It's very smart in that you don't have to have CSS that is specifically void of prefixes (like -prefix-free requires). For example if you just happen to be missing one of the required three prefixes, it will see that and only add the missing one.

It also has ways to be added to workflows via the command line or popular text areas.

Preprocess - Use mixins

One of the big reasons to use CSS preprocessors at all is because of the help with vendor prefixing.

If you use Sass, Compass or Bourbon have robust sets of CSS3 mixins for you.

If you use LESS, I have a set of them or you could look at this roundup comparing some others.

Hand Author - Don't Prefix - Post Process with Autoprefixer

This is a really great way to do it. It's all laid out in this article. Essentially you just forget about prefixing and this build step will add the prefixes for you according to the lastest and greatest information from CanIUse.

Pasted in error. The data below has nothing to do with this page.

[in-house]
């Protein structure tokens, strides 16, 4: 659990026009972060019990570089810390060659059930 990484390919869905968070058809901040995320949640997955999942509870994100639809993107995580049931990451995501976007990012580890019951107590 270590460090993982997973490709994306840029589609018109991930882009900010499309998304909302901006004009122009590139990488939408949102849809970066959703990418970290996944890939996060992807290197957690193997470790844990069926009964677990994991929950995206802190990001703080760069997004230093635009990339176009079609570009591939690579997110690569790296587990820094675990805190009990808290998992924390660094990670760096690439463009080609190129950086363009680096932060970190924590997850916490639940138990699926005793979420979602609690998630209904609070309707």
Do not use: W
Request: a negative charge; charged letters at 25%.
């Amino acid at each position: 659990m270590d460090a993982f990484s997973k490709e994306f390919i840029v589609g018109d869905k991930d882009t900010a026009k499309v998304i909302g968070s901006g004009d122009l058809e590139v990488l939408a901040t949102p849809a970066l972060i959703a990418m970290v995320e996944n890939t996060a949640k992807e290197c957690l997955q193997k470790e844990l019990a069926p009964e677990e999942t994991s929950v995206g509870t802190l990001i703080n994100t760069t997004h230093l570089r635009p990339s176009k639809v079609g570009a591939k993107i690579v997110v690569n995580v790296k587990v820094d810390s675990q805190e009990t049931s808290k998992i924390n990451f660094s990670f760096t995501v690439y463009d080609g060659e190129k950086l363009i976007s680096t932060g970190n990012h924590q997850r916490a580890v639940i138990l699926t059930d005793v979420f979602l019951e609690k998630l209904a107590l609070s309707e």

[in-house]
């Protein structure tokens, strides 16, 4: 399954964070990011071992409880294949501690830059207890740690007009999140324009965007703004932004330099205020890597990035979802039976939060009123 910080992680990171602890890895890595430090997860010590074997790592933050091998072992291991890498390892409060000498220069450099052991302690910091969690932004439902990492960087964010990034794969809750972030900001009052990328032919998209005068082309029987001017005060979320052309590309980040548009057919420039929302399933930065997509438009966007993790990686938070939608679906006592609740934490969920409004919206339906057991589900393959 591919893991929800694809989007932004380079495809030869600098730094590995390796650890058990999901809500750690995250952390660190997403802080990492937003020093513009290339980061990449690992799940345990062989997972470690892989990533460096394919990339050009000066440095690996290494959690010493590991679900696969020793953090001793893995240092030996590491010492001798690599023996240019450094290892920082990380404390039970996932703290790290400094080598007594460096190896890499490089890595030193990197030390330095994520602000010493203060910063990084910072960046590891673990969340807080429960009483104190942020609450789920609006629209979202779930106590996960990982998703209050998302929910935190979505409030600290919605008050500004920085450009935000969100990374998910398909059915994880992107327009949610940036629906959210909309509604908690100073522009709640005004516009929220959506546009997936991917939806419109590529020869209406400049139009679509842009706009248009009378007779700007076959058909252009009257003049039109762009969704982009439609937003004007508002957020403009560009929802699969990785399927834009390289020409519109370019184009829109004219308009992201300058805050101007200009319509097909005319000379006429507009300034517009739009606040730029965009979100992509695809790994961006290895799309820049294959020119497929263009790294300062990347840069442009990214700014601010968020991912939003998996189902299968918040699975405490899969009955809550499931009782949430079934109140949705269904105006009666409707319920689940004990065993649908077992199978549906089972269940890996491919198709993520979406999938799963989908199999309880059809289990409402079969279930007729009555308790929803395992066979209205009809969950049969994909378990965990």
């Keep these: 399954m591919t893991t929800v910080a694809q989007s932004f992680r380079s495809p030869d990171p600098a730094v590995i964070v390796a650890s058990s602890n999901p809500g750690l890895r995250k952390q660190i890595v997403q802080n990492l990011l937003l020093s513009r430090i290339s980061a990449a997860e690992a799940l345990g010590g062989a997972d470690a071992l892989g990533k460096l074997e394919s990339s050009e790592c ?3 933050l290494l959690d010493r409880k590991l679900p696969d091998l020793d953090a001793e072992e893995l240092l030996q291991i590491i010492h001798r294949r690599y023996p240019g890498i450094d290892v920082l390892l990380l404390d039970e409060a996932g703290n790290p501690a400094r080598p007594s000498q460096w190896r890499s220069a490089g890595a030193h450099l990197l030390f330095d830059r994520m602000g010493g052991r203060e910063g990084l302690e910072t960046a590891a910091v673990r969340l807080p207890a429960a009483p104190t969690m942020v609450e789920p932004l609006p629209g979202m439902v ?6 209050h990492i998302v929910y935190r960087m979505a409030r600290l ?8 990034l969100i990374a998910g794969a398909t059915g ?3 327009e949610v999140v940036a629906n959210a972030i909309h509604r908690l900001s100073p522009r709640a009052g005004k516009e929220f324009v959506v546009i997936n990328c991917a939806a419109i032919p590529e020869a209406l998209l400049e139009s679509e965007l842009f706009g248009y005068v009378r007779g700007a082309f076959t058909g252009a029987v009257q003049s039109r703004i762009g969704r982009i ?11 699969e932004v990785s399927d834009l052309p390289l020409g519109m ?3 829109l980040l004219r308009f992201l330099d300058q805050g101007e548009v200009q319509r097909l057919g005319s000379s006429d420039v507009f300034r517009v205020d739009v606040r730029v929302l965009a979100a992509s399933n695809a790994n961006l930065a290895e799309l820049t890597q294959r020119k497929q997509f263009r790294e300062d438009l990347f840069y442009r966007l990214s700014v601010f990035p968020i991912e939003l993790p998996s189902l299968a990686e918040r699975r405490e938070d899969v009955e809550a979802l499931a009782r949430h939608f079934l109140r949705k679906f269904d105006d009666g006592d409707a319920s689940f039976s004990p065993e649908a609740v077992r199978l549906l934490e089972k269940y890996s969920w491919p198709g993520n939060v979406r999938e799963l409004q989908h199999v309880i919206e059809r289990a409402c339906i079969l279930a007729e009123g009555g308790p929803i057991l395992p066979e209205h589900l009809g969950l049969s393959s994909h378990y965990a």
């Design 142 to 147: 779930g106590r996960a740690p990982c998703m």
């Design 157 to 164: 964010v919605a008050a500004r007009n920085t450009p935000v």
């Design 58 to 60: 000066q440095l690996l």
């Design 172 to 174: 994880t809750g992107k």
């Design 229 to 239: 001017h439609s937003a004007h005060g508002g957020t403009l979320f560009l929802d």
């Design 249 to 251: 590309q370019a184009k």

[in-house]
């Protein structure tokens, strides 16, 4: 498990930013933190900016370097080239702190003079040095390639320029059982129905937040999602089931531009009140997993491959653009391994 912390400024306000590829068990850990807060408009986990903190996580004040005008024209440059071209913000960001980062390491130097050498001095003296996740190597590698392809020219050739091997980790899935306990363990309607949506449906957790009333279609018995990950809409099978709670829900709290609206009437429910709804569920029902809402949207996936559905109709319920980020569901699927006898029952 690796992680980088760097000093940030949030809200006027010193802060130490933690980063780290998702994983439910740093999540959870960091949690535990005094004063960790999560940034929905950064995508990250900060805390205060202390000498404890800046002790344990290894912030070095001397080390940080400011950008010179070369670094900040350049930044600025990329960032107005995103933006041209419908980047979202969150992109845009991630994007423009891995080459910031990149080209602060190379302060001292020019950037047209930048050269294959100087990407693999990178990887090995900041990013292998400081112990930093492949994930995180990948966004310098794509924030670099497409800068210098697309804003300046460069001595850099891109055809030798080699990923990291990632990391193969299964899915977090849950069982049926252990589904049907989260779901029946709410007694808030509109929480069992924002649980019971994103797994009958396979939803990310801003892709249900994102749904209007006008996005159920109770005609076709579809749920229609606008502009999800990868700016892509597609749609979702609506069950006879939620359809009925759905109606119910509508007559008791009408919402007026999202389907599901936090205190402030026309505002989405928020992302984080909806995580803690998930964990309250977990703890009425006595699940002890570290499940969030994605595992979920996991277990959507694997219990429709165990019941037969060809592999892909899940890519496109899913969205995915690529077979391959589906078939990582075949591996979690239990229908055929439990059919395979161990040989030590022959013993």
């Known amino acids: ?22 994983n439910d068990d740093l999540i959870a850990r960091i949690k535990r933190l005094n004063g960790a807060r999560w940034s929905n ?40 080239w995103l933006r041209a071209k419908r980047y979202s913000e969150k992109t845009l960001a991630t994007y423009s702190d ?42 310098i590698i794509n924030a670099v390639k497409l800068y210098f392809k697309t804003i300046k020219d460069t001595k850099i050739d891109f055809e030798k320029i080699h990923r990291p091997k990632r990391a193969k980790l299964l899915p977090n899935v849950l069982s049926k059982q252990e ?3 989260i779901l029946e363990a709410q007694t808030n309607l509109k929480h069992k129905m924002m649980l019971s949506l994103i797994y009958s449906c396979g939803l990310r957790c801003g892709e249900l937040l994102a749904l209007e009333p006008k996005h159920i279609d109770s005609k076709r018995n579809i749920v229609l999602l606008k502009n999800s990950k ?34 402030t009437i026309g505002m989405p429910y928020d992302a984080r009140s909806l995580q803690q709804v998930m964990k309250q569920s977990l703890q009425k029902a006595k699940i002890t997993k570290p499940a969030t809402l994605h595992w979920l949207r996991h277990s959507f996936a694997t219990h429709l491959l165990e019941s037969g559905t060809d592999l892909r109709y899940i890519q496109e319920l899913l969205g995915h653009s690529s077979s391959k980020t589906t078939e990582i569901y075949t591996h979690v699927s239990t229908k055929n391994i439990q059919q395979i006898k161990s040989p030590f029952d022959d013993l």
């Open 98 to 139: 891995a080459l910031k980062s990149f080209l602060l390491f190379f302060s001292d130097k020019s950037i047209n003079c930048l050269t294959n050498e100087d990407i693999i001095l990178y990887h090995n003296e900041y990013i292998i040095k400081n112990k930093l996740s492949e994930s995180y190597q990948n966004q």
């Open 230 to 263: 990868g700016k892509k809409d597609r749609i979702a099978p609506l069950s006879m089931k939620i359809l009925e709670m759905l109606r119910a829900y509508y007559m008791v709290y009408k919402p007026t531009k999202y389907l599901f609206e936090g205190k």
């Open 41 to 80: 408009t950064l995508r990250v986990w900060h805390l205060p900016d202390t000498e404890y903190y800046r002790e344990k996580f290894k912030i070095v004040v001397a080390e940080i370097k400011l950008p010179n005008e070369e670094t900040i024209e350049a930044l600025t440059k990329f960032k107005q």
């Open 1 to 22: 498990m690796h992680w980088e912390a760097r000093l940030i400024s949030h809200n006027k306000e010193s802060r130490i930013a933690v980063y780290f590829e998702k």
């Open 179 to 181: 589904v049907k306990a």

One mistake I sometimes see is that people just use all the major prefixes on every CSS3 property. It appears they have a generic mixin that they just put everything through that slaps on the prefixes. If you've seen something like -o-border-radius, that's what I mean. That has never existed and never needs to go into your CSS.

Another mistake is letting CSS get stale. As I mentioned earlier, it's worth a look at CSS older than a couple of months to make sure it's up to snuff. If you see anything outdated on this site, please let me know and I'll update it right away.

Receding Background Modal Boxes

You all know Hakim El Hattab right? He creates some super crazy progressive demos over on his blog. His CodePen profile is full of amazing too.